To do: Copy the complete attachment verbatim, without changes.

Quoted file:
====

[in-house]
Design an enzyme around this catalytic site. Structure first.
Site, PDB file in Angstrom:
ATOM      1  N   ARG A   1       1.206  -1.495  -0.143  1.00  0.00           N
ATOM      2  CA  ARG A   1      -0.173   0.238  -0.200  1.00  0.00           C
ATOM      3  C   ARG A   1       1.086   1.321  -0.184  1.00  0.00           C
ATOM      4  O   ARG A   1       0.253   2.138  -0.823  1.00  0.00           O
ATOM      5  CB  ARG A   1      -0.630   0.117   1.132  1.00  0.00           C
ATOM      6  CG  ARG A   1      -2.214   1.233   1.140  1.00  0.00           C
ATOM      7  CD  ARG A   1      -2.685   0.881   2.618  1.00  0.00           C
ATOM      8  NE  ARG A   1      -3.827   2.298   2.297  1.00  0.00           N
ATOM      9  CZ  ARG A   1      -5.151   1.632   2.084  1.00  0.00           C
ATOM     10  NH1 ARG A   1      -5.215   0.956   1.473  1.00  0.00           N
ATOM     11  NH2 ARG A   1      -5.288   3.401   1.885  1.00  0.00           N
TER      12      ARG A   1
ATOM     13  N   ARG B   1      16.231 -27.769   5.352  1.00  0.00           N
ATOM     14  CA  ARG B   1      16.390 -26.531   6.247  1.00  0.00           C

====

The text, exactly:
[in-house]
Design an enzyme around this catalytic site. Structure first.
Site, PDB file in Angstrom:
ATOM      1  N   ARG A   1       1.206  -1.495  -0.143  1.00  0.00           N
ATOM      2  CA  ARG A   1      -0.173   0.238  -0.200  1.00  0.00           C
ATOM      3  C   ARG A   1       1.086   1.321  -0.184  1.00  0.00           C
ATOM      4  O   ARG A   1       0.253   2.138  -0.823  1.00  0.00           O
ATOM      5  CB  ARG A   1      -0.630   0.117   1.132  1.00  0.00           C
ATOM      6  CG  ARG A   1      -2.214   1.233   1.140  1.00  0.00           C
ATOM      7  CD  ARG A   1      -2.685   0.881   2.618  1.00  0.00           C
ATOM      8  NE  ARG A   1      -3.827   2.298   2.297  1.00  0.00           N
ATOM      9  CZ  ARG A   1      -5.151   1.632   2.084  1.00  0.00           C
ATOM     10  NH1 ARG A   1      -5.215   0.956   1.473  1.00  0.00           N
ATOM     11  NH2 ARG A   1      -5.288   3.401   1.885  1.00  0.00           N
TER      12      ARG A   1
ATOM     13  N   ARG B   1      16.231 -27.769   5.352  1.00  0.00           N
ATOM     14  CA  ARG B   1      16.390 -26.531   6.247  1.00  0.00           C